December 1, 2010

Why the “E” needs to be Removed from E&C: UptonFirst Order of Business, Healthcare; Sterns, the deficit; Barton,Bipartisanship; Shimkus, Who Knows, He Didn’t Speak to Reporters.Politico (11/30) reports, “Upton,Barton and Reps. John Shimkus and Cliff Stearns all made their presentations tothe GOP Steering Committee Tuesday. The panel, loaded with loyalists toincoming Speaker John Boehner, is expected to make its decision by nextTuesday. After being asked about his pro-life position by a member of thesteering committee, Upton said the first item on the committee’s agenda underhis leadership would be to codify a plan from Reps. Joe Pitts (R-Pa.) and BartStupak (D-Mich.) that would ban federal funds for abortions except in the caseof rape, incest or danger to the life of the mother. Barton,who appeared first before the steering panel, told reporters afterward thatUpton isn’t ready to be chairman. “I think that I am more conservative and Ithink that Fred is well qualified at some point in time to chair thiscommittee, but not right now,” he said… I have the respect on both sides of theaisle and on both sides of the Capitol.” Stearns – who has owned a smallchain of hotels and restaurants – is seen as a long-shot candidate, butwas confident about his chances after appearing before the committee. “Andsince the election was about jobs and about the deficit, I explained to themhow I fulfilled the American dream and was able to create jobs through hotelsand restaurants.” Shimkus was less chatty than his competitors after hispresentation. “I’m no surprise as far as who I am, what I’ve done,” he toldreporters. “It’s over, so we’ll see. I don’t really have much to say.”

16. That’s the Number ofPermits Issued since the BP-Blowout; Interior Says “Ain’t our Fault.” Folks,this is what we Call the Permitorium. CNN Money (11/30) reports, “Drilling activity in the Gulf of Mexico willremain light in the years ahead, despite the fact that the ban on drillingthere has been lifted, according to a survey of oil executives releasedTuesday. Nearly 70% of industry executives expect drilling activity in the Gulfto remain below 2009 levels until at least 2012, according to a survey by BDO,a Chicago-based accounting and consulting firm. Some say it will never returnto 2009 levels. "One message came through loud and clear in this year’ssurvey — that legislative changes represent the biggest threat to growth inthe oil and gas industry," said Charles Dewhurst, who heads BDO’s naturalresources group. The U.S. imposed a moratorium on new drilling activity shortlyafter the BP disaster in April. But since the ban was fully lifted in October,very few new permits for drilling in the region have been issued. Just 16permits for new wells have been issued since the ban on shallow water drillingwas lifted in June and the deepwater ban was lifted in October, according tothe Interior Department. In 2009, a total of 171 permits were issued. Thegovernment says the drop in permits is not entirely its fault. A spokeswomanfor the Bureau of Ocean Energy Management, Regulation and Enforcement said theagency has only received two requests for deepwater wells since the ban waslifted. She said the agency has approved the vast majority of the requests ithas received to drill in shallow water since June. Daniel Kish, a policyspecialist at the American EnergyAlliance, said oil and gas companies are holding off on requesting newdrilling permits until the government finalizes the regulations that apply todeep water drilling. "The problem is that no one knows what the changeswill be," he said. Requesting a new permit "is a difficult thing tojustify economically if you think the regulations are going to change."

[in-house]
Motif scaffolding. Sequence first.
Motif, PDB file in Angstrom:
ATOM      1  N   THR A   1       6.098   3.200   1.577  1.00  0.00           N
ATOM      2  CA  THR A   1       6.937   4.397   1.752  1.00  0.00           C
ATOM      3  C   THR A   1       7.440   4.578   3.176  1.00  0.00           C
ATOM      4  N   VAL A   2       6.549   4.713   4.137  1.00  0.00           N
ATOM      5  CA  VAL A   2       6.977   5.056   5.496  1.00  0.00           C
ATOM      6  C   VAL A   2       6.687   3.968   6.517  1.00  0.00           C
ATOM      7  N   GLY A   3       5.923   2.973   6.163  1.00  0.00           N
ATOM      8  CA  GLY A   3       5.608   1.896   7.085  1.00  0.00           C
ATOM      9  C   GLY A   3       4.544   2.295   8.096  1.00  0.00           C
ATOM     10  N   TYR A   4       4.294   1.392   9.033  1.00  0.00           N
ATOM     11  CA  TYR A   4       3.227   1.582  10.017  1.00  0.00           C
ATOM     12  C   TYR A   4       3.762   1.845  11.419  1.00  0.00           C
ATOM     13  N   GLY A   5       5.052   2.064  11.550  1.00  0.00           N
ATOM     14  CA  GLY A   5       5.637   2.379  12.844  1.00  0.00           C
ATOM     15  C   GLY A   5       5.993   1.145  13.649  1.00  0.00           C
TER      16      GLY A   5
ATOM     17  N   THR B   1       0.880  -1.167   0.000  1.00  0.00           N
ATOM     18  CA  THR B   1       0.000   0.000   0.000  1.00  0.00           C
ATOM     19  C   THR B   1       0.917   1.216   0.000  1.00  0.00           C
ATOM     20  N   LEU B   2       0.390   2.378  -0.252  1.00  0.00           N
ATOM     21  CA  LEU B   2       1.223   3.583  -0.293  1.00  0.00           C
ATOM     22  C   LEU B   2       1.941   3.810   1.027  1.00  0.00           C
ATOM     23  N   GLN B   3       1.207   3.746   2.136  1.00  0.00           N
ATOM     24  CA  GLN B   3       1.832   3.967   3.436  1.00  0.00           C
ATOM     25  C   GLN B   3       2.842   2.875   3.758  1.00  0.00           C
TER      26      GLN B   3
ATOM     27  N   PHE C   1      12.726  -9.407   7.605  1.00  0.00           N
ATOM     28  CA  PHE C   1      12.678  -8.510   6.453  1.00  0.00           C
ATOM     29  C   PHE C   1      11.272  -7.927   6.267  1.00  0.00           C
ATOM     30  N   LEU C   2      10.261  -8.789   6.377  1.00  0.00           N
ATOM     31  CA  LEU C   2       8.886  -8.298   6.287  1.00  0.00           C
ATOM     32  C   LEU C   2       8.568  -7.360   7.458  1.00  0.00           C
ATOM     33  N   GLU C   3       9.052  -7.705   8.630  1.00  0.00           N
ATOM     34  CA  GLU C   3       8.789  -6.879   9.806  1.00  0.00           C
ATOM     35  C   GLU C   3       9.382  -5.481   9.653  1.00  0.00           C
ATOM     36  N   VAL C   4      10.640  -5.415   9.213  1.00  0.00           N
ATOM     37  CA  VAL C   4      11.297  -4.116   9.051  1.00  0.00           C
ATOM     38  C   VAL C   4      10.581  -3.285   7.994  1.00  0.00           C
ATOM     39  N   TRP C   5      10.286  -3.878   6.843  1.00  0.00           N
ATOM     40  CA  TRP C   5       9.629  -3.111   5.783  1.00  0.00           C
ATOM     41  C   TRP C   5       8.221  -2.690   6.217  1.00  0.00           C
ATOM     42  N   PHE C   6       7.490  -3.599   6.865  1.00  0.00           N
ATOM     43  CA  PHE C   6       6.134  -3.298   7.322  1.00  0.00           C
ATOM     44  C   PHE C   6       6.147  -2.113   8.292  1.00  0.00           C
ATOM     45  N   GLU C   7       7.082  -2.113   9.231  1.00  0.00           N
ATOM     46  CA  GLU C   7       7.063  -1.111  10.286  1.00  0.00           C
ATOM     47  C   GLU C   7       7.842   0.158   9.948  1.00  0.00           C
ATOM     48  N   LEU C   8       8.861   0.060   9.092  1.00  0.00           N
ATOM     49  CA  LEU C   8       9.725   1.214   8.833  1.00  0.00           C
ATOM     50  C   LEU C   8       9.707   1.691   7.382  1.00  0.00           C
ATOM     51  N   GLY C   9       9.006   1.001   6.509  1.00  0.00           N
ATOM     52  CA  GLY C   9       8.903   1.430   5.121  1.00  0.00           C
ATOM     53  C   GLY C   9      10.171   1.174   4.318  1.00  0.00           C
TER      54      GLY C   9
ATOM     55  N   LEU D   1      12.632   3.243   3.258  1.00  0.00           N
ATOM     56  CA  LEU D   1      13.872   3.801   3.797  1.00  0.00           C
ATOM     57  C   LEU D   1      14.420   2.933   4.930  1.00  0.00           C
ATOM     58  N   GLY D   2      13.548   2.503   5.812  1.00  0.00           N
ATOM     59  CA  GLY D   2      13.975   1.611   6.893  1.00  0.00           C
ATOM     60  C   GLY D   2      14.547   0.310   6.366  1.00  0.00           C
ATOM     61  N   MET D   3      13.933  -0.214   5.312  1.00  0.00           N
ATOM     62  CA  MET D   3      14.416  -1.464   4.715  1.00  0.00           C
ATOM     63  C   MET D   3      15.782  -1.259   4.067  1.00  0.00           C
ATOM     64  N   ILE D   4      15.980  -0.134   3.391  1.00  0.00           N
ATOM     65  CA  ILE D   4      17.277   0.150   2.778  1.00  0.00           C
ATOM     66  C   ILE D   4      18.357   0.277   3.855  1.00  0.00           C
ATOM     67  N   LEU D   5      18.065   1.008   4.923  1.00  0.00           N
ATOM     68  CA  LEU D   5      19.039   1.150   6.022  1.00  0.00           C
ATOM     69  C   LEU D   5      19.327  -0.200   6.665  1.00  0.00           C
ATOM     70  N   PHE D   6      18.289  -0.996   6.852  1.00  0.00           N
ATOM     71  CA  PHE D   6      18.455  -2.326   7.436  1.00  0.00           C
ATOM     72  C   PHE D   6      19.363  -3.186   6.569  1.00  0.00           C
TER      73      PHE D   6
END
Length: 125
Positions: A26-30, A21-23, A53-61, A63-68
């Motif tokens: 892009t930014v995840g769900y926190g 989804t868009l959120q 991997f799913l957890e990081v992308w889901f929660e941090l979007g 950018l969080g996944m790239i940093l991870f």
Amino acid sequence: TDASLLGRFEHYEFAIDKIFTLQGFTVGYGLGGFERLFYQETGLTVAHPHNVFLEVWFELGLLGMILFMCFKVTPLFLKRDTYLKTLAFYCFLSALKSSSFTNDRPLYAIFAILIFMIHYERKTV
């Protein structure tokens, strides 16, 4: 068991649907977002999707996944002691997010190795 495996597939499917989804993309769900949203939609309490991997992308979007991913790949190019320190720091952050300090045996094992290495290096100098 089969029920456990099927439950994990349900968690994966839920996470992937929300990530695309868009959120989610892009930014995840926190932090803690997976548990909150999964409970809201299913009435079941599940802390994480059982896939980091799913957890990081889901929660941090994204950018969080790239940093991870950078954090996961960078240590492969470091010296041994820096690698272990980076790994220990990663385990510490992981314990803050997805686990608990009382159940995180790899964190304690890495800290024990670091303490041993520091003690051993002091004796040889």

SalazarCalls for Disclosure of HF Fluids; May Want to Visit Pa. DEP’s Website or Halliburton or Range Resources, to Name a Few. Associated Press (11/30) reports, “The Obama administrationmay require companies drilling for natural gas on public lands to disclose thechemicals being used in a technique called hydraulic fracturing. Officials areweighing the policy, Interior Secretary Ken Salazar said, calling hydraulicfracturing "a hot and very difficult issue" on public and privatelands. Also known as "fracking," the process involves pumpingmillions of gallons of water mixed with sand and chemicals underground to forceopen channels so natural gas will flow. "As the nation’s largest landmanager, the Department of the Interior has a responsibility to ensure thatnatural gas is developed in a safe and environmentally sustainable manner andprotects the other valuable resources on those lands, including preventing harmto the air, water and species that call these lands home," Salazar saidTuesday at a forum he hosted on the issue. He said officials have yet to settleon a policy. Onshore gas wells on Interior-managed lands account for 11 percentof the nation’s natural gas supply. The U.S. Environmental Protection Agency isstudying whether the drilling practice affects drinking water and the publichealth. The EPA has subpoenaed energy giant Halliburton, seeking disclosure ofchemicals used in their fracking fluids. Eight other drilling companies haveprovided that information to the EPA or promised to do so. Drilling companieshave resisted attempts to disclose publicly the chemicals in their frackingfluids, claiming proprietary information. The forum hosted by Salazar includedpanel discussions among federal officials, energy companies and environmentalgroups.”